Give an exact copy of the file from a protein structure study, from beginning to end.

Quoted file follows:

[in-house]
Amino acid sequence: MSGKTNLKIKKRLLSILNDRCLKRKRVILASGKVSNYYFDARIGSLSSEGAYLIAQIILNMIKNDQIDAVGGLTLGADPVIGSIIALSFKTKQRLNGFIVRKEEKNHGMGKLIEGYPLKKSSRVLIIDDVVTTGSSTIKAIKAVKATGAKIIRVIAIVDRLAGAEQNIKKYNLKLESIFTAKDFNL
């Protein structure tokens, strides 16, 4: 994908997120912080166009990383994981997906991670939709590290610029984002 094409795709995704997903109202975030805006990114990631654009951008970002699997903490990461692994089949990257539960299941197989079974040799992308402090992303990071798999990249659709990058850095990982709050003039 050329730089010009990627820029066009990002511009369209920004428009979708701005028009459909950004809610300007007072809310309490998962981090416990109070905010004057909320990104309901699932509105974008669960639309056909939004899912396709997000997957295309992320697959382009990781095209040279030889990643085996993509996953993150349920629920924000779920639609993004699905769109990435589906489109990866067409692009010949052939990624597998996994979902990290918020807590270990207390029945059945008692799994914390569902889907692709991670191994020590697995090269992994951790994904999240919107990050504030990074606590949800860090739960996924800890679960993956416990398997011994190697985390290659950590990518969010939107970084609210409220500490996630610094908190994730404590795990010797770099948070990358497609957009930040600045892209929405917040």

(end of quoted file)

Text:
[in-house]
Amino acid sequence: MSGKTNLKIKKRLLSILNDRCLKRKRVILASGKVSNYYFDARIGSLSSEGAYLIAQIILNMIKNDQIDAVGGLTLGADPVIGSIIALSFKTKQRLNGFIVRKEEKNHGMGKLIEGYPLKKSSRVLIIDDVVTTGSSTIKAIKAVKATGAKIIRVIAIVDRLAGAEQNIKKYNLKLESIFTAKDFNL
């Protein structure tokens, strides 16, 4: 994908997120912080166009990383994981997906991670939709590290610029984002 094409795709995704997903109202975030805006990114990631654009951008970002699997903490990461692994089949990257539960299941197989079974040799992308402090992303990071798999990249659709990058850095990982709050003039 050329730089010009990627820029066009990002511009369209920004428009979708701005028009459909950004809610300007007072809310309490998962981090416990109070905010004057909320990104309901699932509105974008669960639309056909939004899912396709997000997957295309992320697959382009990781095209040279030889990643085996993509996953993150349920629920924000779920639609993004699905769109990435589906489109990866067409692009010949052939990624597998996994979902990290918020807590270990207390029945059945008692799994914390569902889907692709991670191994020590697995090269992994951790994904999240919107990050504030990074606590949800860090739960996924800890679960993956416990398997011994190697985390290659950590990518969010939107970084609210409220500490996630610094908190994730404590795990010797770099948070990358497609957009930040600045892209929405917040």